Toll climbing An 8.8-magnitude earthquake has struck Chile, killing at least 64 people and forcing a Pacific-wide tsunami alert.
Massive Chile quake sparks tsunami alert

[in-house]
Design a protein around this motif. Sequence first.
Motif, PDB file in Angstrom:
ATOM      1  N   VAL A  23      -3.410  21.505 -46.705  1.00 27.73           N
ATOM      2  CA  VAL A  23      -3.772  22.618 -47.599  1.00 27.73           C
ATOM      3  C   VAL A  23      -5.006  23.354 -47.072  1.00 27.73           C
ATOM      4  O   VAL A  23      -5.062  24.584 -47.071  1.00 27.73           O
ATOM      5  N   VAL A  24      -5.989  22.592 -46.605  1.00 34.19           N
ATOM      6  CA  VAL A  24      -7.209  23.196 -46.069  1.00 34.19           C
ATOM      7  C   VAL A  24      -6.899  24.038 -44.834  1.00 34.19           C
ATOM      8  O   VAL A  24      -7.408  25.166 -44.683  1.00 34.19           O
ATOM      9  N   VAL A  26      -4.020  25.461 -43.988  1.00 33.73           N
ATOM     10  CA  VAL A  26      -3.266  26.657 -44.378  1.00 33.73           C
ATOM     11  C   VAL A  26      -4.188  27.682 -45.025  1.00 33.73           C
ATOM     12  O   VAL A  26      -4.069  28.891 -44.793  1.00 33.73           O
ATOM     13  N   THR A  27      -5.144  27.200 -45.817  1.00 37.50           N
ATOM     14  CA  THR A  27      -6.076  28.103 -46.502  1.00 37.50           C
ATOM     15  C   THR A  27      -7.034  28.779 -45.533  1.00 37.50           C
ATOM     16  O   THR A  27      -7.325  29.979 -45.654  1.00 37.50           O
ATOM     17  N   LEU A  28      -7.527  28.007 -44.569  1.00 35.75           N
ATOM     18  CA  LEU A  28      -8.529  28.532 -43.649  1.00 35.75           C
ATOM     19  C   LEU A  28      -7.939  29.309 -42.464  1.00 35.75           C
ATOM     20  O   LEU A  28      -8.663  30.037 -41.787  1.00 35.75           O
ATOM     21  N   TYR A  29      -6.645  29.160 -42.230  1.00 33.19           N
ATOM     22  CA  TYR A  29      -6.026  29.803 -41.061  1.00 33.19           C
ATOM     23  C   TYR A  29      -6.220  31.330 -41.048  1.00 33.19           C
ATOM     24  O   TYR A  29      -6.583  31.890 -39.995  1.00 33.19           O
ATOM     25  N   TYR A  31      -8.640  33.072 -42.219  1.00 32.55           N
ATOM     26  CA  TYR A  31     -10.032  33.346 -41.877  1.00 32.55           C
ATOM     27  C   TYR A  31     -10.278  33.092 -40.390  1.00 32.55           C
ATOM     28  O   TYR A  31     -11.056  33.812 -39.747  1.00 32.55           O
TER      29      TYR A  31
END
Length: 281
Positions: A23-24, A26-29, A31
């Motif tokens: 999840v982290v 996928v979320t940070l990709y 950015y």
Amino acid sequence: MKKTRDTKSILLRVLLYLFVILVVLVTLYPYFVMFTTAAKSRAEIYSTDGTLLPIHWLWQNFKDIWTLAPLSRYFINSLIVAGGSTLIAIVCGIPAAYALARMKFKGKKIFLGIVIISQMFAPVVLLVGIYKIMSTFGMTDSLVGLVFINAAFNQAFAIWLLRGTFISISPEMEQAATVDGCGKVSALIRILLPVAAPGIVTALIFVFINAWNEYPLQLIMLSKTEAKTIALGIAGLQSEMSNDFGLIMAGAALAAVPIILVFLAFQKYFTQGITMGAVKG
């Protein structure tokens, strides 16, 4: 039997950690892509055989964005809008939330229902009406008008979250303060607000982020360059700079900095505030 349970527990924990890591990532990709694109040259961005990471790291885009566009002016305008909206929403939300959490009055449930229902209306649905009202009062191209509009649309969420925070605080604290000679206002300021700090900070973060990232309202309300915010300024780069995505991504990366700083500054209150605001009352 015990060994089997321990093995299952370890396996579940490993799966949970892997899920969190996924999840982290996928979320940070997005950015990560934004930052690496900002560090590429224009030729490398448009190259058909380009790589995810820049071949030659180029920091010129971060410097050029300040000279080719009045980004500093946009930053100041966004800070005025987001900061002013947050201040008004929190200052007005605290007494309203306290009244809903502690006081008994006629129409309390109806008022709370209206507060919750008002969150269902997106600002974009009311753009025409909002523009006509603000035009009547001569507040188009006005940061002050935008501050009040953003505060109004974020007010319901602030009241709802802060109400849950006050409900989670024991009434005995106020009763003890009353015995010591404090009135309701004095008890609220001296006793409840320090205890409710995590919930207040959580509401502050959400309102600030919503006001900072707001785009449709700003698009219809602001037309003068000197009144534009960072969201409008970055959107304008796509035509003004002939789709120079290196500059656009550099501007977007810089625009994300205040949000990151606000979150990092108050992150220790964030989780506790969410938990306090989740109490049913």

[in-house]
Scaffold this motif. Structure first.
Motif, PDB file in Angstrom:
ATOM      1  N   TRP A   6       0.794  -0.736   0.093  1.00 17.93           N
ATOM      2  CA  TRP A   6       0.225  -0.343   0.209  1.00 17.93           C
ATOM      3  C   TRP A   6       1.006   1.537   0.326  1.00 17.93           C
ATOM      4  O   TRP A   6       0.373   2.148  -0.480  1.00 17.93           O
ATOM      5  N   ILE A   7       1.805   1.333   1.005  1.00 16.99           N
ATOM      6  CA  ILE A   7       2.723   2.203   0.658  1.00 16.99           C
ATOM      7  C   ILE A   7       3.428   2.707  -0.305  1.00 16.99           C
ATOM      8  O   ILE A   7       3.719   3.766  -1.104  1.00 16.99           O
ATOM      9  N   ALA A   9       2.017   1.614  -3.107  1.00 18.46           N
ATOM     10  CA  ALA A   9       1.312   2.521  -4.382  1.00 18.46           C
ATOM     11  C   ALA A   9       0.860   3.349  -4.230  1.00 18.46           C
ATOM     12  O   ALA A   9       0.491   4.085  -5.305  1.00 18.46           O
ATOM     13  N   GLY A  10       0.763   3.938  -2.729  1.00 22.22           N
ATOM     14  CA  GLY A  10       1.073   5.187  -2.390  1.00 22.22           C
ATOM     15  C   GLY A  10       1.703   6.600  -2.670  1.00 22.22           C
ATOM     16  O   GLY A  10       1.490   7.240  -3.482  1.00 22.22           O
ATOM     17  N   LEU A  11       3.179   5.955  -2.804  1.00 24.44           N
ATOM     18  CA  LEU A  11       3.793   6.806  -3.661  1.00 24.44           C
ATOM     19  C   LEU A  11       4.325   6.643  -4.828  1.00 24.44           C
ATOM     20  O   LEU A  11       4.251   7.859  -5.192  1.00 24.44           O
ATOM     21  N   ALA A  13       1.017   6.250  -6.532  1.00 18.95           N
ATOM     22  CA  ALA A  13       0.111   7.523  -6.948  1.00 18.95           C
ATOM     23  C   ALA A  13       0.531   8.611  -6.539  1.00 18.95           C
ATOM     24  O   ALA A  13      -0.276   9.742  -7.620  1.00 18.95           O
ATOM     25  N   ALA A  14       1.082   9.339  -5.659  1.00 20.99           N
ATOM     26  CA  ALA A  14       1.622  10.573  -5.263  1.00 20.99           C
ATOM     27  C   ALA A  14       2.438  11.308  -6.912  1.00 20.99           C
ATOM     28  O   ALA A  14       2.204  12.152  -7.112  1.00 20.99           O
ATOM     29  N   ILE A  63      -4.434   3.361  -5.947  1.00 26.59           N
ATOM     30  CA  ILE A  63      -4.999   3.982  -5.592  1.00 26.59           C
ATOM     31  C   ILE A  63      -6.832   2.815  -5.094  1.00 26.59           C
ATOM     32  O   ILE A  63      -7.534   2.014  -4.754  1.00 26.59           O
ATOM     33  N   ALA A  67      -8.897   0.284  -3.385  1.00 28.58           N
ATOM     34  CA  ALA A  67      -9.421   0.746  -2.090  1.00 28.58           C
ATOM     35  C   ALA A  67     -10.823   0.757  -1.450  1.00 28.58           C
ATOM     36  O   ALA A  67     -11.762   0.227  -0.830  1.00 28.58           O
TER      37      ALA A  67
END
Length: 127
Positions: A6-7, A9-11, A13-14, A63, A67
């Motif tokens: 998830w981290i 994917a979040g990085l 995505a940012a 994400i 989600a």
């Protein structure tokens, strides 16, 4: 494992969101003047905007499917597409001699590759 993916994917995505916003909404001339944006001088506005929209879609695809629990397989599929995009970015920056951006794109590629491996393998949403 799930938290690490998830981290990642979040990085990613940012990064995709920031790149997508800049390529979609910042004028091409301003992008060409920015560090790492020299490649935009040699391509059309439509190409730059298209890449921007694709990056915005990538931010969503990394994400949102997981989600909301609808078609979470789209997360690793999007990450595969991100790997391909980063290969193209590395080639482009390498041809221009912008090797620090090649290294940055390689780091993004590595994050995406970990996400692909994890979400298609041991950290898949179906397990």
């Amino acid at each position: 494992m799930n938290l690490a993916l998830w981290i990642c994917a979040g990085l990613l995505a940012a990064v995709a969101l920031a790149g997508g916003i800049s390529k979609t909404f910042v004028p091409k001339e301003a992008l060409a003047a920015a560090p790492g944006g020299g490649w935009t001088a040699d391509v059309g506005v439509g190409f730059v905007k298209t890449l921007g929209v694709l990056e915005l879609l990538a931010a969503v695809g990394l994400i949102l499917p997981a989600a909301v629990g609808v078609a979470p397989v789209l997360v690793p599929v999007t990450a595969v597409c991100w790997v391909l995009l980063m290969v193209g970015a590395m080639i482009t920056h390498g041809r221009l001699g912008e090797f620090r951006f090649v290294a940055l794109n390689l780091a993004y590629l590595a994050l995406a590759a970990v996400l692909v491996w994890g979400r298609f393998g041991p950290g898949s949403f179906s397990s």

A massive 8.8-magnitude earthquake struck central Chile early today, killing at least 64 people, violently shaking the Chilean capital and forcing a Pacific-wide tsunami alert. Santiago was plunged into darkness, with telephones down and power and communication systems disrupted. People in pyjamas fled onto the streets. The tremor shook buildings in the Chilean capital, where many people were still awake when the quake struck at 3.34am (6.34am GMT), carrying on their Friday night partying in restaurants and clubs. An AFP correspondent said buildings "shook like jelly". The US Geological Survey estimated the first quake at magnitude 8.8 and shortly after, the area was quickly hit by 6.2 and 5.6 magnitude aftershocks. The Interior Minister Edmundo Perez Yoma , said at least 64 people had died and Chile's president Michelle Bachelet warned the population the toll could rise. The US Pacific Tsunami Warning Center issued a tsunami warning for Chile and Peru, and a tsunami watch for Ecuador, Colombia, Antarctica, Panama and Costa Rica. "Sea level readings indicate a tsunami was generated. It could have been destructive along coasts near the earthquake epicenter and could also be a threat to more distant coasts," the centre said. On the other side of the Pacific, the Philippines' government warned coastal communities to prepare for possible evacuation after the earthquake triggered a tsunami. The Philippine Institute of Volcanology and Seismology said that the Chile earthquake could generate a destructive tsunami that could hit coastlines on the western Pacific. The Joint Australian Tsunami Warning Centre warned of the "possibility of dangerous waves, strong ocean currents and foreshore flooding" along the coast between Sydney and Brisbane, as well as two islands. New Zealand also issued an alert while Russia was monitoring the risk of a tsunami in its far eastern areas but was yet to issue an alert. The epicentre of the quake was just off the coast, 115km northeast of Concepcion. Santiago is 325km northeast of the epicentre. The quake was at a depth of 35km, the USGS said in its latest bulletin. Chile is located in an active seismic zone and has had devastating quakes in the past including the biggest tremor of the 20th century. In May 1960, the country was ravaged what is now known as Valdivia or Great Chilean Earthquake, which was rated 9.5 on the moment magnitude scale. The resulting tsunami affected southern Chile, Hawaii, Japan, the Philippines, reaching as far as eastern New Zealand and southeast Australia. The estimated death toll from that disaster ranged from over 2,200 to 5,700. The quake magnitude reading is based on the open-ended Moment Magnitude scale which is used by US seismologists and measures the area of the fault that ruptured and the total energy released. *Agencies